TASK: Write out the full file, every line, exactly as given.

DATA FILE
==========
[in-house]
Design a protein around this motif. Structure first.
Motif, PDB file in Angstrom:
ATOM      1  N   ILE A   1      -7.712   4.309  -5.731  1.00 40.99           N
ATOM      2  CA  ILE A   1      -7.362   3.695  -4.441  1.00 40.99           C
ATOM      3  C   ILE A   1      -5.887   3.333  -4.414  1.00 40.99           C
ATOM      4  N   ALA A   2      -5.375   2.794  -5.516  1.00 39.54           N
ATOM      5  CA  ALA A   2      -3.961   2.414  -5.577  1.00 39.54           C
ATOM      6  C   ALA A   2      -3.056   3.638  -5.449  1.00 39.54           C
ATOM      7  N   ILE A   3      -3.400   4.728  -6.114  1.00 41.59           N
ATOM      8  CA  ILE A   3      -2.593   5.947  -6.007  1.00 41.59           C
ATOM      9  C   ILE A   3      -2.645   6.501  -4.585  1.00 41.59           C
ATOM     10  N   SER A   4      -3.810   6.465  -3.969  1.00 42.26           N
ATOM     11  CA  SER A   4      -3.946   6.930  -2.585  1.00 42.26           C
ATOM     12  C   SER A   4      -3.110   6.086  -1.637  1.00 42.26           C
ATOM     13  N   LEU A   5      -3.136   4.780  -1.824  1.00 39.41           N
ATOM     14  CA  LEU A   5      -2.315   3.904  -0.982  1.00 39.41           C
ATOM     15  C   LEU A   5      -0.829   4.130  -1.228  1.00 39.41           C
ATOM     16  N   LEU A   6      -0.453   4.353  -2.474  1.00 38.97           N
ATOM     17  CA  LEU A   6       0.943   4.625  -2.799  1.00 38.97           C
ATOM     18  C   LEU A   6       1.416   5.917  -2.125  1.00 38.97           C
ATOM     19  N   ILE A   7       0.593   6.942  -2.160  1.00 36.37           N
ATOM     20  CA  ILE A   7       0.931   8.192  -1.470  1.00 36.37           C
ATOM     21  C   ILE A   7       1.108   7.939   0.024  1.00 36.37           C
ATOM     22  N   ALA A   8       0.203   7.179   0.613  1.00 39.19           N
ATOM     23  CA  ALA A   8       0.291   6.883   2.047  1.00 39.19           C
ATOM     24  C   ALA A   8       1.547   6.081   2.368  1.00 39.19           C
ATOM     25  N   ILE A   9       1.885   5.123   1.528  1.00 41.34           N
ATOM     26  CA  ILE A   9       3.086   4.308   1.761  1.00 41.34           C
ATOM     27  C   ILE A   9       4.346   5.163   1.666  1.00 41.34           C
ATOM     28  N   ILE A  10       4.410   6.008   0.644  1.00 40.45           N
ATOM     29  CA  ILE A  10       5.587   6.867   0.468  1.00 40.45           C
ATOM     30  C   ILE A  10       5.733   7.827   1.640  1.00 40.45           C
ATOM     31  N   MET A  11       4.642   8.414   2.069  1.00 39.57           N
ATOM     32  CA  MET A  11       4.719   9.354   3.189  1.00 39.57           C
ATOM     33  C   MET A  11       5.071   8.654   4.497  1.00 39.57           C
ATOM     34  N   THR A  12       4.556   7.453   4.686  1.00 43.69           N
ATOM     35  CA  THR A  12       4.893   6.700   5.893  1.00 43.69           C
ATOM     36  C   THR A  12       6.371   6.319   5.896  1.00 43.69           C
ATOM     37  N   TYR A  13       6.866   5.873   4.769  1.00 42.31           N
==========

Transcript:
[in-house]
Design a protein around this motif. Structure first.
Motif, PDB file in Angstrom:
ATOM      1  N   ILE A   1      -7.712   4.309  -5.731  1.00 40.99           N
ATOM      2  CA  ILE A   1      -7.362   3.695  -4.441  1.00 40.99           C
ATOM      3  C   ILE A   1      -5.887   3.333  -4.414  1.00 40.99           C
ATOM      4  N   ALA A   2      -5.375   2.794  -5.516  1.00 39.54           N
ATOM      5  CA  ALA A   2      -3.961   2.414  -5.577  1.00 39.54           C
ATOM      6  C   ALA A   2      -3.056   3.638  -5.449  1.00 39.54           C
ATOM      7  N   ILE A   3      -3.400   4.728  -6.114  1.00 41.59           N
ATOM      8  CA  ILE A   3      -2.593   5.947  -6.007  1.00 41.59           C
ATOM      9  C   ILE A   3      -2.645   6.501  -4.585  1.00 41.59           C
ATOM     10  N   SER A   4      -3.810   6.465  -3.969  1.00 42.26           N
ATOM     11  CA  SER A   4      -3.946   6.930  -2.585  1.00 42.26           C
ATOM     12  C   SER A   4      -3.110   6.086  -1.637  1.00 42.26           C
ATOM     13  N   LEU A   5      -3.136   4.780  -1.824  1.00 39.41           N
ATOM     14  CA  LEU A   5      -2.315   3.904  -0.982  1.00 39.41           C
ATOM     15  C   LEU A   5      -0.829   4.130  -1.228  1.00 39.41           C
ATOM     16  N   LEU A   6      -0.453   4.353  -2.474  1.00 38.97           N
ATOM     17  CA  LEU A   6       0.943   4.625  -2.799  1.00 38.97           C
ATOM     18  C   LEU A   6       1.416   5.917  -2.125  1.00 38.97           C
ATOM     19  N   ILE A   7       0.593   6.942  -2.160  1.00 36.37           N
ATOM     20  CA  ILE A   7       0.931   8.192  -1.470  1.00 36.37           C
ATOM     21  C   ILE A   7       1.108   7.939   0.024  1.00 36.37           C
ATOM     22  N   ALA A   8       0.203   7.179   0.613  1.00 39.19           N
ATOM     23  CA  ALA A   8       0.291   6.883   2.047  1.00 39.19           C
ATOM     24  C   ALA A   8       1.547   6.081   2.368  1.00 39.19           C
ATOM     25  N   ILE A   9       1.885   5.123   1.528  1.00 41.34           N
ATOM     26  CA  ILE A   9       3.086   4.308   1.761  1.00 41.34           C
ATOM     27  C   ILE A   9       4.346   5.163   1.666  1.00 41.34           C
ATOM     28  N   ILE A  10       4.410   6.008   0.644  1.00 40.45           N
ATOM     29  CA  ILE A  10       5.587   6.867   0.468  1.00 40.45           C
ATOM     30  C   ILE A  10       5.733   7.827   1.640  1.00 40.45           C
ATOM     31  N   MET A  11       4.642   8.414   2.069  1.00 39.57           N
ATOM     32  CA  MET A  11       4.719   9.354   3.189  1.00 39.57           C
ATOM     33  C   MET A  11       5.071   8.654   4.497  1.00 39.57           C
ATOM     34  N   THR A  12       4.556   7.453   4.686  1.00 43.69           N
ATOM     35  CA  THR A  12       4.893   6.700   5.893  1.00 43.69           C
ATOM     36  C   THR A  12       6.371   6.319   5.896  1.00 43.69           C
ATOM     37  N   TYR A  13       6.866   5.873   4.769  1.00 42.31           N